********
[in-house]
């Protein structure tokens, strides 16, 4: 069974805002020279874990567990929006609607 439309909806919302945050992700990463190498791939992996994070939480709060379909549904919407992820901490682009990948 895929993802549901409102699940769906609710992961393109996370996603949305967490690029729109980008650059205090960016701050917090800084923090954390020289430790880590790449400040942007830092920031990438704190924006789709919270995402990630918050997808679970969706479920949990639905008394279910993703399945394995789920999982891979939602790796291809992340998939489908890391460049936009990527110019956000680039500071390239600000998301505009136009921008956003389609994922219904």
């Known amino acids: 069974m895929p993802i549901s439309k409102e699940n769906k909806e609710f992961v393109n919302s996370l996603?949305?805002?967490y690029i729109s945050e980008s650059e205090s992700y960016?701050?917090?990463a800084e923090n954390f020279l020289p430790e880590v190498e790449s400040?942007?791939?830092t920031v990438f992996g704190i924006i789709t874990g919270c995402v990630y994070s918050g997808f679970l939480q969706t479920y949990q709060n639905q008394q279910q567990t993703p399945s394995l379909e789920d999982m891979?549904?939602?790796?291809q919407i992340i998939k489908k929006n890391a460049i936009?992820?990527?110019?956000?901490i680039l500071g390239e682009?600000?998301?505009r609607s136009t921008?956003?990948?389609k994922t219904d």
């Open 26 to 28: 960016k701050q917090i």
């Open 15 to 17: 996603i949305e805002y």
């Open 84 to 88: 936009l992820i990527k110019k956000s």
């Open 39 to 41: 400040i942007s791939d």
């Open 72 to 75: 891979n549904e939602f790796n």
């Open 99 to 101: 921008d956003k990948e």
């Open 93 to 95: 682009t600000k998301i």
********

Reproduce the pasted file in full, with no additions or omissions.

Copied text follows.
[in-house]
């Protein structure tokens, strides 16, 4: 069974805002020279874990567990929006609607 439309909806919302945050992700990463190498791939992996994070939480709060379909549904919407992820901490682009990948 895929993802549901409102699940769906609710992961393109996370996603949305967490690029729109980008650059205090960016701050917090800084923090954390020289430790880590790449400040942007830092920031990438704190924006789709919270995402990630918050997808679970969706479920949990639905008394279910993703399945394995789920999982891979939602790796291809992340998939489908890391460049936009990527110019956000680039500071390239600000998301505009136009921008956003389609994922219904």
């Known amino acids: 069974m895929p993802i549901s439309k409102e699940n769906k909806e609710f992961v393109n919302s996370l996603?949305?805002?967490y690029i729109s945050e980008s650059e205090s992700y960016?701050?917090?990463a800084e923090n954390f020279l020289p430790e880590v190498e790449s400040?942007?791939?830092t920031v990438f992996g704190i924006i789709t874990g919270c995402v990630y994070s918050g997808f679970l939480q969706t479920y949990q709060n639905q008394q279910q567990t993703p399945s394995l379909e789920d999982m891979?549904?939602?790796?291809q919407i992340i998939k489908k929006n890391a460049i936009?992820?990527?110019?956000?901490i680039l500071g390239e682009?600000?998301?505009r609607s136009t921008?956003?990948?389609k994922t219904d």
């Open 26 to 28: 960016k701050q917090i």
């Open 15 to 17: 996603i949305e805002y």
């Open 84 to 88: 936009l992820i990527k110019k956000s």
């Open 39 to 41: 400040i942007s791939d």
């Open 72 to 75: 891979n549904e939602f790796n």
């Open 99 to 101: 921008d956003k990948e």
């Open 93 to 95: 682009t600000k998301i």